Officials are testing the Infra-Red Paver on Glenwood Avenue in Raleigh. Superheated infrared coils beam down on pavement and basically recycle the street, turning hardened asphalt into a gooey mixture. Officials said it makes the pavement easier to work with.
Officials say raised, bumpy sections of roadway can be smoothed out in minutes. The usual approach would take hours, cutting up and carting off old pavement and re-laying a new batch. Pot holes can also be heated and filled with a patch, quicker and cheaper than the current approach.
"It's less asphalt we have to buy, less petroleum products need to be used, all those other kind of aspects. We're even working with the environment here," DOT engineer Jerry Linder said.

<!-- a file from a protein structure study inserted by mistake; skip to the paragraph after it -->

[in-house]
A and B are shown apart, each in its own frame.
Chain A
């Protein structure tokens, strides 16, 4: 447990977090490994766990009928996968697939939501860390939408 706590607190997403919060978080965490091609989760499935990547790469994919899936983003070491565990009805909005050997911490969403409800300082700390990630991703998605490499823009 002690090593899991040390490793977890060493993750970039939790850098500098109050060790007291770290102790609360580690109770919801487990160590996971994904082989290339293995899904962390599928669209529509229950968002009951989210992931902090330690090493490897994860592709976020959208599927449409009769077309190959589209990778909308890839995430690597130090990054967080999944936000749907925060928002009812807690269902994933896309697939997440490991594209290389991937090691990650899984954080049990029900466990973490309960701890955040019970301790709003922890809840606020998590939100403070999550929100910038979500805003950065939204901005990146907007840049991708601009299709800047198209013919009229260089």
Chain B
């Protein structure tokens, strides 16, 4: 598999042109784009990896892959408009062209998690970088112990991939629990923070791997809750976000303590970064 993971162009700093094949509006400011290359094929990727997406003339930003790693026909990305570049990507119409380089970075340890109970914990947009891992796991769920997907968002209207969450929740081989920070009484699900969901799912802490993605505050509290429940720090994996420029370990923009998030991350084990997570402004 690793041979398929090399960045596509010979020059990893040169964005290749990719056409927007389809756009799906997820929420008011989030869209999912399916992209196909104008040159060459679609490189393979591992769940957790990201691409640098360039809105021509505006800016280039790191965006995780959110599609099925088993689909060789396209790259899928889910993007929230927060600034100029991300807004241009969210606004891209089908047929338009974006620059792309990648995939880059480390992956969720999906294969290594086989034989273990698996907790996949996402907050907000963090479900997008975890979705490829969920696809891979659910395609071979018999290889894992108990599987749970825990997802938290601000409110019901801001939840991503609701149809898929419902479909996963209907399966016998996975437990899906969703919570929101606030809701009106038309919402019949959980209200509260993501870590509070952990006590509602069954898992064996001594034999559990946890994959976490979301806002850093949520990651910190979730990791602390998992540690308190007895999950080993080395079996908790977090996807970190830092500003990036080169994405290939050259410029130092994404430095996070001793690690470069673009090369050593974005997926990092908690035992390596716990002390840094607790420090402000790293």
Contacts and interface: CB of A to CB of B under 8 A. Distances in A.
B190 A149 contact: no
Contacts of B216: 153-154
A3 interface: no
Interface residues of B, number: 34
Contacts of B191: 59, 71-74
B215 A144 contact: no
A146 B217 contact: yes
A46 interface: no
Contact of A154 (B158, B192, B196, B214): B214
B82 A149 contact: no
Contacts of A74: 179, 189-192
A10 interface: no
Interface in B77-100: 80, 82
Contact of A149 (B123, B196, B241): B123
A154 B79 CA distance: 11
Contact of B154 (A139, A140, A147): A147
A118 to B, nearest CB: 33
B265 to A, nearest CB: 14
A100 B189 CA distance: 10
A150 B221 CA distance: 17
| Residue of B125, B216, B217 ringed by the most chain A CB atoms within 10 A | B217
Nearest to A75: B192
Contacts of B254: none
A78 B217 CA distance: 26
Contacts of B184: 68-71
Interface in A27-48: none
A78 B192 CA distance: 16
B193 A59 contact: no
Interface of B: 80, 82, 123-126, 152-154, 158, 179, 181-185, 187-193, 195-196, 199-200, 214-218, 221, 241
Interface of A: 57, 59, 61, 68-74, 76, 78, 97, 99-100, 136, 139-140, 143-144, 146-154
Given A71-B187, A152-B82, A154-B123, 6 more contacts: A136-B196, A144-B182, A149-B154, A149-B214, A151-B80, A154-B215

The Infra-Red Paver costs about $90,000, but DOT officials said if it works, taxpayers will save money in the long run. Officials said if the product works in Wake County, it may be used statewide.
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